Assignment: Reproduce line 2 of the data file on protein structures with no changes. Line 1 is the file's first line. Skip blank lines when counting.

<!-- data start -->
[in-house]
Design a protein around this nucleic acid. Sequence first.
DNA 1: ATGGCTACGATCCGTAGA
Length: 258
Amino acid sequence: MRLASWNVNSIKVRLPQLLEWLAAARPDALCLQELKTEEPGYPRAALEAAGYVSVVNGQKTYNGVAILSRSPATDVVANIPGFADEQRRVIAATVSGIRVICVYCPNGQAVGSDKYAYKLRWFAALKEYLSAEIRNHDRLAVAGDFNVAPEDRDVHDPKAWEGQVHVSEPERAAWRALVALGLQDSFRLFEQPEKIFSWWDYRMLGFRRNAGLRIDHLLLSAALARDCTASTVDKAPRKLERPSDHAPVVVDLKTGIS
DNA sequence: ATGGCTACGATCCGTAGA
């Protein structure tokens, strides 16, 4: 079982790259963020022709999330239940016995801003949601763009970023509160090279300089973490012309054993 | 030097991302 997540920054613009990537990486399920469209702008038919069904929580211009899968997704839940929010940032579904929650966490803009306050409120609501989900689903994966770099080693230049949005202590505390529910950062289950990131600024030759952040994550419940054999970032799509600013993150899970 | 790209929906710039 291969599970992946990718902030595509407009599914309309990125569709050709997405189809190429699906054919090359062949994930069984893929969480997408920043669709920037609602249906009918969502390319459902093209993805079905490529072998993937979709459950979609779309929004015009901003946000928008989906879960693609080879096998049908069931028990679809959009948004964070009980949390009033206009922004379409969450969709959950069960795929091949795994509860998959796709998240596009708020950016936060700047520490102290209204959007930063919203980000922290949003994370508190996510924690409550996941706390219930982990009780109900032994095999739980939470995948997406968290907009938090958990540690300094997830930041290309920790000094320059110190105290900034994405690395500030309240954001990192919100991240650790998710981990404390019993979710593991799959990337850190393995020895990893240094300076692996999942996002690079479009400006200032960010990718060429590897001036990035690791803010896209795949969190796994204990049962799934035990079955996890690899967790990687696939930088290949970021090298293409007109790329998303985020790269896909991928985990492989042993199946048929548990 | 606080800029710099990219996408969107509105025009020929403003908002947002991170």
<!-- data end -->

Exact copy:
Design a protein around this nucleic acid. Sequence first.